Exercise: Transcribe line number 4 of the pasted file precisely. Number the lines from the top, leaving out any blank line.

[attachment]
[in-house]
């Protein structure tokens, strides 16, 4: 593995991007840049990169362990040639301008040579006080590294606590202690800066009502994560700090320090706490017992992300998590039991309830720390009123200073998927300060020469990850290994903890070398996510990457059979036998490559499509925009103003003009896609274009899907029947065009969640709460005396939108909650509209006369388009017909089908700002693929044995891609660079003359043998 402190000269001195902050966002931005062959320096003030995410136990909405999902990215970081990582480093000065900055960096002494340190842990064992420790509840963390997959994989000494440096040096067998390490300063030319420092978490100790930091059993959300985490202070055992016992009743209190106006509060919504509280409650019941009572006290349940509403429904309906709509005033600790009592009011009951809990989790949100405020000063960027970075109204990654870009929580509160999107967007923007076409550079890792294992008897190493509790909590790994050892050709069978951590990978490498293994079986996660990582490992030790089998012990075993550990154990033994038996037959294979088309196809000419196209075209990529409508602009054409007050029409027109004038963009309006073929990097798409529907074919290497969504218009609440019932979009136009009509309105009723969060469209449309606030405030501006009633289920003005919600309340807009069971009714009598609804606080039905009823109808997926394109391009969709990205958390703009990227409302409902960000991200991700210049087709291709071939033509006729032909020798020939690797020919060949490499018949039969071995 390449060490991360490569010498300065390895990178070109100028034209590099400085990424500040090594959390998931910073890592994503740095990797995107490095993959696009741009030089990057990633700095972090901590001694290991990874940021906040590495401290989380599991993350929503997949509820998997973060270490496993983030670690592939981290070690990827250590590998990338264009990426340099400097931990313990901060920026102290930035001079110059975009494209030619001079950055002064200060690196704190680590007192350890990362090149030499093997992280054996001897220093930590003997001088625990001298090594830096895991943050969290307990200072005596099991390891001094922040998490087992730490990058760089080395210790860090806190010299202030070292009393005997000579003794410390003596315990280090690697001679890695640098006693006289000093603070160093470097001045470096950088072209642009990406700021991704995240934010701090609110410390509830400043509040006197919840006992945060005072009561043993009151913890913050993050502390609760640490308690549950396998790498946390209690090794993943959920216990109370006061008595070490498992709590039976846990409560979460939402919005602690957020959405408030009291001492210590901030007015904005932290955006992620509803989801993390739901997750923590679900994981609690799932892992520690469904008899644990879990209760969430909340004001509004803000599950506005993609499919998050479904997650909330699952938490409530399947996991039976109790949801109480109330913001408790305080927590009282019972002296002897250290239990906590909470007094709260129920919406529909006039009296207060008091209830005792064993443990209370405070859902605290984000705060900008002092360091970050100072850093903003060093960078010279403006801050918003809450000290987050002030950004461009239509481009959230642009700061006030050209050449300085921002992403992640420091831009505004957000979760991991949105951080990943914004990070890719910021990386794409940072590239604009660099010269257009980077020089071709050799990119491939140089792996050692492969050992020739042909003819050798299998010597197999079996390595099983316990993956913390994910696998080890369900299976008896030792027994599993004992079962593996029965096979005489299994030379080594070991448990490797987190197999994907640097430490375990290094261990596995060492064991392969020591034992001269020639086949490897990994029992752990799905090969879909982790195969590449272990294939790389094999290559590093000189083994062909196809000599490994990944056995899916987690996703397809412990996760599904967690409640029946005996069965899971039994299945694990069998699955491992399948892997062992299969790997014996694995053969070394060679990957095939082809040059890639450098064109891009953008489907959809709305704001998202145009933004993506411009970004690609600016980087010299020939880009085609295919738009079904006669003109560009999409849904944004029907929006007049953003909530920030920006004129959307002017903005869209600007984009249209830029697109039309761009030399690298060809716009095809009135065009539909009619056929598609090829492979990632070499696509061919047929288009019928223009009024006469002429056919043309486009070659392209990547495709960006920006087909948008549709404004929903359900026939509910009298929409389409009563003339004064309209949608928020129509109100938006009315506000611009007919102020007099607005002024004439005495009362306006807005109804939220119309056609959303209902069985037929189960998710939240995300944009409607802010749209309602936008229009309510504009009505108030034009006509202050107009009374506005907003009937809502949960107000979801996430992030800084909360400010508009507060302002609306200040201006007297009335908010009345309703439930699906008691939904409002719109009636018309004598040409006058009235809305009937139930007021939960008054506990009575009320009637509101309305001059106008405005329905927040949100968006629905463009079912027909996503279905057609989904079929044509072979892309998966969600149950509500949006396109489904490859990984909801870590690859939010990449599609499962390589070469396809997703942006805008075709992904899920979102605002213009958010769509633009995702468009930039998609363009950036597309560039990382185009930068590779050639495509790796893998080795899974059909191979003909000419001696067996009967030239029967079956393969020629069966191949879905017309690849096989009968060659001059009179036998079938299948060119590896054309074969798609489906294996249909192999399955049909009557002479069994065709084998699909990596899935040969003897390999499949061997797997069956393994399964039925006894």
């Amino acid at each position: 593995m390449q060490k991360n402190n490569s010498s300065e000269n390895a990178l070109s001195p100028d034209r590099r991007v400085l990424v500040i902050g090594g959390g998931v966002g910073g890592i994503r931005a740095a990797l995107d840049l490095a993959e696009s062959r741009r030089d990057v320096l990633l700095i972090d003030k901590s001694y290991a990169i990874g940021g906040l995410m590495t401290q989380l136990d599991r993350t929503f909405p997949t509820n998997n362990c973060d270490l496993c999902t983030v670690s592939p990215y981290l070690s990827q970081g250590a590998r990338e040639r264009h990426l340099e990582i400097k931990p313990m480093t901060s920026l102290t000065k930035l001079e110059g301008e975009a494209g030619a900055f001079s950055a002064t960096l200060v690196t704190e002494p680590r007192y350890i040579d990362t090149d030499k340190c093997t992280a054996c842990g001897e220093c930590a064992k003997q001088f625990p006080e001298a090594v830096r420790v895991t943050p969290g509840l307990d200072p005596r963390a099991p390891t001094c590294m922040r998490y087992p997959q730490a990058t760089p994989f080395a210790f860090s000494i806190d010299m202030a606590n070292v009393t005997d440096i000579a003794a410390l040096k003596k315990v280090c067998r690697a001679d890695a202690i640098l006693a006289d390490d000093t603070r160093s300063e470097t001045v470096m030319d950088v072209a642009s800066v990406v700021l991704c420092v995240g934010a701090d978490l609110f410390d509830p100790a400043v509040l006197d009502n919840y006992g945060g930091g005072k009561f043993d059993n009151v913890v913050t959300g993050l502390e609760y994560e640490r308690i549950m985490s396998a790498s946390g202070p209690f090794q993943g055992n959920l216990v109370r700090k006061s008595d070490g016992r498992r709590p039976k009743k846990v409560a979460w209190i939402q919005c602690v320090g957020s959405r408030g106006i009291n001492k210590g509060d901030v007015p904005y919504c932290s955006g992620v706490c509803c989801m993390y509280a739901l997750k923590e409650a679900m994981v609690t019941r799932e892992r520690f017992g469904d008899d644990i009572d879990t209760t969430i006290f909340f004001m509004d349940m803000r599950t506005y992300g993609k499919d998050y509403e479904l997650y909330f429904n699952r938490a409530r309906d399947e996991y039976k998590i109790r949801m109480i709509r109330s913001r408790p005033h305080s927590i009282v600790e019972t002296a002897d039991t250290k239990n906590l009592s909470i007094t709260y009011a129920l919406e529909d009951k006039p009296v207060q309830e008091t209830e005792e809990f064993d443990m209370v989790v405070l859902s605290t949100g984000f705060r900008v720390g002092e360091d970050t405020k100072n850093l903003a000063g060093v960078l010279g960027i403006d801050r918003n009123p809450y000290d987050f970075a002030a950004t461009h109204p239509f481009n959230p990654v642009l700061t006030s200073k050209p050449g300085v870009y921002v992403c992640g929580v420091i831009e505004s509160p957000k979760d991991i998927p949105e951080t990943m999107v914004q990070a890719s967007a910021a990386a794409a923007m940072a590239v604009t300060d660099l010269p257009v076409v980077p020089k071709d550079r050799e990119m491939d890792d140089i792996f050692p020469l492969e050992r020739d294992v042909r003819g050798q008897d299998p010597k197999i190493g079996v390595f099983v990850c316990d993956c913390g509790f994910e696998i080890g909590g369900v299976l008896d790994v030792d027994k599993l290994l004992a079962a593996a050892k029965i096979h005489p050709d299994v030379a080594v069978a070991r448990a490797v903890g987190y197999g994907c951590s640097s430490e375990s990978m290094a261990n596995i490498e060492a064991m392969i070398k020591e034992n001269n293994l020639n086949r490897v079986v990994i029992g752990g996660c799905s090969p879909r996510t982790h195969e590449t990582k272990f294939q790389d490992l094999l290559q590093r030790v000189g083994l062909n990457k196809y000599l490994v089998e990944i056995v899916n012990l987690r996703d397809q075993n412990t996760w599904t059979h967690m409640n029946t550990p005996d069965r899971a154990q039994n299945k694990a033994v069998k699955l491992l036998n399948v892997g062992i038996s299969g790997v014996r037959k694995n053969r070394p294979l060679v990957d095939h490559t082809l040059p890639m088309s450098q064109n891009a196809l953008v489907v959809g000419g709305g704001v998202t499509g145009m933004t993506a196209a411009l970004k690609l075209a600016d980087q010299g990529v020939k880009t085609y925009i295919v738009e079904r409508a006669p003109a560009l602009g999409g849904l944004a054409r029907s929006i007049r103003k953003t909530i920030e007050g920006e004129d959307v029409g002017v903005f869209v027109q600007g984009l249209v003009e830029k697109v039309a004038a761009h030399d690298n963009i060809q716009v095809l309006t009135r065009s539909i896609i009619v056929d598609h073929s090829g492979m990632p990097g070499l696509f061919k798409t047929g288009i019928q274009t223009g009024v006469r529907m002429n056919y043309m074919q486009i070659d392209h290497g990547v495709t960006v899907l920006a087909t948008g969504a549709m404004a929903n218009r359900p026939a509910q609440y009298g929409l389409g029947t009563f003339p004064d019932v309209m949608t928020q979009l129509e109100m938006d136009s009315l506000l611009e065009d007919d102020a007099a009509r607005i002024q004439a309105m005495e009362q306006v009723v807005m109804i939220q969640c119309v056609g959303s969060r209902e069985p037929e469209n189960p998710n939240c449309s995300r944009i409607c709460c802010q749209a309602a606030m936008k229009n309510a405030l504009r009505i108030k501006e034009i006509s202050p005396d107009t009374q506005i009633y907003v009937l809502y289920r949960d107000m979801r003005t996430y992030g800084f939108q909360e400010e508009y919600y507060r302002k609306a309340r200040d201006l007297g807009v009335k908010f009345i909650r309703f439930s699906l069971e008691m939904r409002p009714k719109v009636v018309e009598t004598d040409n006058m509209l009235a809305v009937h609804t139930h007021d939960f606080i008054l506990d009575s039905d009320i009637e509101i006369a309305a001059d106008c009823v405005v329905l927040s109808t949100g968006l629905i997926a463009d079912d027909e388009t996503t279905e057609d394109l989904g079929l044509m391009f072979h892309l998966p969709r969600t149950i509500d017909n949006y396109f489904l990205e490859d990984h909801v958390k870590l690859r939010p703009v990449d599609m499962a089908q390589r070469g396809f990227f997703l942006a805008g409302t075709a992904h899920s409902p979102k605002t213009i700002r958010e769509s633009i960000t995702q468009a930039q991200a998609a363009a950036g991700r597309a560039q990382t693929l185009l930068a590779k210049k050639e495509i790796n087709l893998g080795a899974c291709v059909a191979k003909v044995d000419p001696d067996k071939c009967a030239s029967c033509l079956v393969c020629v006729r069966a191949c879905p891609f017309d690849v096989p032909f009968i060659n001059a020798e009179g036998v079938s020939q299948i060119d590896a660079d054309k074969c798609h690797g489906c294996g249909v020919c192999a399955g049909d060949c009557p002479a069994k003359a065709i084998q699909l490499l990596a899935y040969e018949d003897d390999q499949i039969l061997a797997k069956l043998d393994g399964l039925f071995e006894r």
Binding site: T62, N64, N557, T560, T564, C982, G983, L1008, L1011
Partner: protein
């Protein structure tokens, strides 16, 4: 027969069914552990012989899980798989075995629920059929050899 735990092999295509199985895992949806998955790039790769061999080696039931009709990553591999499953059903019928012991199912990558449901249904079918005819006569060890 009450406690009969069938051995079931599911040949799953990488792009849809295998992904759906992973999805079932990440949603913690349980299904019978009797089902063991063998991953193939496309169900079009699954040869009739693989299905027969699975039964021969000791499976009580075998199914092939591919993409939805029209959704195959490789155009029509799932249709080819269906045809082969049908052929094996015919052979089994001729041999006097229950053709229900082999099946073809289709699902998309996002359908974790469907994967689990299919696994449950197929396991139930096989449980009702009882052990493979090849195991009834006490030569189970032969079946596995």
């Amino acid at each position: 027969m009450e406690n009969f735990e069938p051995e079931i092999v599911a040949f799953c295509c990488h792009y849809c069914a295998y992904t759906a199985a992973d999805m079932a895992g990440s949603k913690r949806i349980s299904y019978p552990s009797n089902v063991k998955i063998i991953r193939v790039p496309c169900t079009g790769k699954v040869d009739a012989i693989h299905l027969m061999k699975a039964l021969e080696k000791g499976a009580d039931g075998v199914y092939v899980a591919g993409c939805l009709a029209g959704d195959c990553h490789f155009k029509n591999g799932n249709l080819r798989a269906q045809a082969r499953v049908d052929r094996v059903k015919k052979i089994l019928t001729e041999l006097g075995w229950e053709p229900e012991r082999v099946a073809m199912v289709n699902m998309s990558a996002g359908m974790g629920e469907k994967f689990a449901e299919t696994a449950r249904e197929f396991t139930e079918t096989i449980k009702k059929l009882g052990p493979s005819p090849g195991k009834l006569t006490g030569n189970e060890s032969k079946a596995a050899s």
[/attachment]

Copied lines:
Binding site: T62, N64, N557, T560, T564, C982, G983, L1008, L1011